Using Social Networks To Support Learning And Training

My friend and co-worker wrote this great article on the use of Web 2.0 technologies and their support of training and competencies. You really need to read this!

By Rod Ford

In a previous post, I asked the question: How can social network environments be used to support competency models that include attitudes and behaviors?

With the variety of social network environments (SNEs) available in today’s Web 2.0 milieu, the possibilities for leveraging them in the support of competency models and training initiatives may be infinite. In this post, I will focus on two or three of the SNEs and may choose to write about some of the others later. That said, I would encourage you to comment to this post about your ideas for these and other SNEs.

Weblogs and Blogging
Weblogs (blogs) are easy to implement but are challenging to leverage in support of competency models and training initiatives. I say “challenging” because blogging requires an individual or small group of knowledge experts to write content and keep it up to date. I think they are a very valuable tool, but when using them to support training initiatives, it is important to:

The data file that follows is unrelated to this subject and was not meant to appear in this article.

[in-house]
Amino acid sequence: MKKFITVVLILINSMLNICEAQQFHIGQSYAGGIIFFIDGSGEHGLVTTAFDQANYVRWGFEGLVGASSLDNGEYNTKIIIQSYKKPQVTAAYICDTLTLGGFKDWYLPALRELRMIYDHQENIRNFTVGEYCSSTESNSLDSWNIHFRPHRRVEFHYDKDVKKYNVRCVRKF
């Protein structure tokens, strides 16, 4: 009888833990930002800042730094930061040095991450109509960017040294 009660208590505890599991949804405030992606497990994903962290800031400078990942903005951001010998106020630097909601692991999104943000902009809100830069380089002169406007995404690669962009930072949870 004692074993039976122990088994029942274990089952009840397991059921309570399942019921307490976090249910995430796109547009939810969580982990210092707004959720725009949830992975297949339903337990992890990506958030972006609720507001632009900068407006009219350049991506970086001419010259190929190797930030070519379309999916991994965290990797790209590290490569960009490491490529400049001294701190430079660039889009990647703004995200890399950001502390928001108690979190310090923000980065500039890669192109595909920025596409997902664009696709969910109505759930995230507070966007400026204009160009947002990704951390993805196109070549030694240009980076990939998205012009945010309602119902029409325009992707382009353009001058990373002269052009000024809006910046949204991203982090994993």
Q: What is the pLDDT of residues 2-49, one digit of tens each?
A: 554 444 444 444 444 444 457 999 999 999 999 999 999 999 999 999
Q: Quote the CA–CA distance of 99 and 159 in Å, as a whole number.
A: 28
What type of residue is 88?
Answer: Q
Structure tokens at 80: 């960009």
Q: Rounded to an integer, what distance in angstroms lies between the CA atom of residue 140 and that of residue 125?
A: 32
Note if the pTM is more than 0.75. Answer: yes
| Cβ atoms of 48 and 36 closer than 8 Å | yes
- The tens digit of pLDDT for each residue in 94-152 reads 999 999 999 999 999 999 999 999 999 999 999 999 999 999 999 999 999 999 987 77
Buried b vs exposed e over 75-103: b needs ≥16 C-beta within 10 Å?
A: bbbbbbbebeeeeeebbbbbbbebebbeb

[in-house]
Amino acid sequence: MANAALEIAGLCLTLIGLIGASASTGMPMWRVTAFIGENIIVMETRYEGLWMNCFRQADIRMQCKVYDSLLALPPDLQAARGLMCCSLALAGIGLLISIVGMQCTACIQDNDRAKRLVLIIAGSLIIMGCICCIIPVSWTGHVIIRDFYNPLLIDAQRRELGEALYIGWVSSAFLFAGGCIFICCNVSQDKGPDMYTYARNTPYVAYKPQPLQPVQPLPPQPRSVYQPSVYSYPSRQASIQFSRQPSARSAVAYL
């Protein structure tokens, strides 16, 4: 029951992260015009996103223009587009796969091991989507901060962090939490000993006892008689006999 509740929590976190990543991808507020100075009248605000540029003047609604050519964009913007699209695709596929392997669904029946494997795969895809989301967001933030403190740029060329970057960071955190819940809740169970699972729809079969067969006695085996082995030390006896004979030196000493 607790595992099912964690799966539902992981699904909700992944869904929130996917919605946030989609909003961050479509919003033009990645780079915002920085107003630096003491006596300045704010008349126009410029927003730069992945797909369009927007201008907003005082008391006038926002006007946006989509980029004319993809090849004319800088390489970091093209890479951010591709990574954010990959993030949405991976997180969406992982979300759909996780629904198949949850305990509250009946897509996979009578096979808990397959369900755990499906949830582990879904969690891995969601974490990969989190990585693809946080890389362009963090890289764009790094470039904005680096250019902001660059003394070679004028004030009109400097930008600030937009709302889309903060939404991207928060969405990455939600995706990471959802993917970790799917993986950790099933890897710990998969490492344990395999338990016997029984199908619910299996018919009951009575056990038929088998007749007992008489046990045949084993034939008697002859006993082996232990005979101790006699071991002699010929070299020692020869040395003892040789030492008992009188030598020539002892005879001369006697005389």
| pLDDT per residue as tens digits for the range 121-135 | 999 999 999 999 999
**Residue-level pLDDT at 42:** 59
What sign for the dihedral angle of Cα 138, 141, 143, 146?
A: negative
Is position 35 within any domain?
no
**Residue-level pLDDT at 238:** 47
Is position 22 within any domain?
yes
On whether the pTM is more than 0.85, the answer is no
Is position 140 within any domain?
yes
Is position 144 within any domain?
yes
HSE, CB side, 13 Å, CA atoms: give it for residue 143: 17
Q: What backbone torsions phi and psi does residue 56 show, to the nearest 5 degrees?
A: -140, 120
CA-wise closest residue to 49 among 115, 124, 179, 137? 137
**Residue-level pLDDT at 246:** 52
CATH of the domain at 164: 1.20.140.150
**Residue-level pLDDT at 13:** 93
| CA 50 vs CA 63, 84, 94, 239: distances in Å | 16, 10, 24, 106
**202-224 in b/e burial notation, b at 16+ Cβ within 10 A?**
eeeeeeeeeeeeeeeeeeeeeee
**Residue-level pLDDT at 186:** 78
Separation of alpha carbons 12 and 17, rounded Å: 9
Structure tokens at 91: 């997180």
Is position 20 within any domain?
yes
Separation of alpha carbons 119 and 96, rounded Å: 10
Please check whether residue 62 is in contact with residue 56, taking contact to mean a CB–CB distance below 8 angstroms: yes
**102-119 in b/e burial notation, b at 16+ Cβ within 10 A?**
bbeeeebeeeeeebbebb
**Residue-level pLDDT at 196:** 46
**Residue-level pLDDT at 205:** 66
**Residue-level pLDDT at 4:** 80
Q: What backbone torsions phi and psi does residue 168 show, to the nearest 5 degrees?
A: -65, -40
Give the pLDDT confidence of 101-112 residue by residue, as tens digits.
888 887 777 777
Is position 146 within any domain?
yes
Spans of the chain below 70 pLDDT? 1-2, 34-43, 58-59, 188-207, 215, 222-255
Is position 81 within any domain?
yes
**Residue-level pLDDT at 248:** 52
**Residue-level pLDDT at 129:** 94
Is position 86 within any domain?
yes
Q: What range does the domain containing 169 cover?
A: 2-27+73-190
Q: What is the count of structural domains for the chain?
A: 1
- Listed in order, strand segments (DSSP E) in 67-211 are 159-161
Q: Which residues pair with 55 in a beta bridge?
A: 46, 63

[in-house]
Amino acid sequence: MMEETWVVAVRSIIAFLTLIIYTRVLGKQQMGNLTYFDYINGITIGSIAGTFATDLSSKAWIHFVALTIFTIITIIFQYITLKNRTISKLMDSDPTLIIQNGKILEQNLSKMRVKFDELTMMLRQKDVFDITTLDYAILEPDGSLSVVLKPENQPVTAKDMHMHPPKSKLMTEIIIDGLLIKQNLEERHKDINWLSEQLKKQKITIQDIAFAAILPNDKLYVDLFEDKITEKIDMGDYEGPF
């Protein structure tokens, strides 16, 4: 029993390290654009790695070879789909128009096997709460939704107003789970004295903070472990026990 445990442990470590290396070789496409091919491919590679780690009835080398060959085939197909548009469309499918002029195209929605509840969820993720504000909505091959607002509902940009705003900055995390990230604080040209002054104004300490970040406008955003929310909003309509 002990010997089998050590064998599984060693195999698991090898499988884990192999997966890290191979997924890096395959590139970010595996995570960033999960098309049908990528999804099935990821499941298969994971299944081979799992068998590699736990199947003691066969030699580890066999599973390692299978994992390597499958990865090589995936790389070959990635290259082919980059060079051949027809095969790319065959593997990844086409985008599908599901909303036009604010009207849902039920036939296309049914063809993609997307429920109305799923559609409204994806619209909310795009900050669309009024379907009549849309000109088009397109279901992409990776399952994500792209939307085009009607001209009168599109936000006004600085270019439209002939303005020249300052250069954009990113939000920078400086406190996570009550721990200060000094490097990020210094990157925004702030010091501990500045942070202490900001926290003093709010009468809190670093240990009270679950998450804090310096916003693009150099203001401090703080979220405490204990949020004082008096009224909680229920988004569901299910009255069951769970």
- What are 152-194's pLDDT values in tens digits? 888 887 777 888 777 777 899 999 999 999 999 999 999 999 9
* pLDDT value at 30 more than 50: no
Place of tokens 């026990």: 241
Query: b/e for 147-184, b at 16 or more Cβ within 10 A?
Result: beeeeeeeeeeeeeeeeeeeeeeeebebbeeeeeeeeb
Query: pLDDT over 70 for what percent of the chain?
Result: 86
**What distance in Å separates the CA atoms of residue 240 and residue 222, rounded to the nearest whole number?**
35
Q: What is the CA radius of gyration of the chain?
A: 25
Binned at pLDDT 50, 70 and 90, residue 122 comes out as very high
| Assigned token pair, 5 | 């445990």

* Identify potential authors
* Create a writing schedule
* Remind authors when its time to write
* Link relevant courses to the blog
* Encourage readers to comment
* Assign someone to identify comments that need a response from an expert

I’ve personally worked with at least 9 different wiki tools. Some of them I’ve simply written inside of, others I’ve implemented for clients or simply for my own understanding of their usefulness. While these tools are a bit more challenging to implement than a blog, I believe they are enormously important for supporting competency models and training initiatives.

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2 thoughts on “Using Social Networks To Support Learning And Training

  1. Eric –
    We just start using blogs as a post-course resource for our leadership development programs. I think they have great potential, as a way to maintain the network, post material, and share best practices. Our biggest challenge so far: people are “comment phobic”.

  2. @Dan – yeh, you have to start driving a conversation with your readers/students. A blog is not the same as a threaded discussion. We have used that after courses and found it to drive more interaction. Keep up the good work and share any other thoughts here on WeirdGuy blog!


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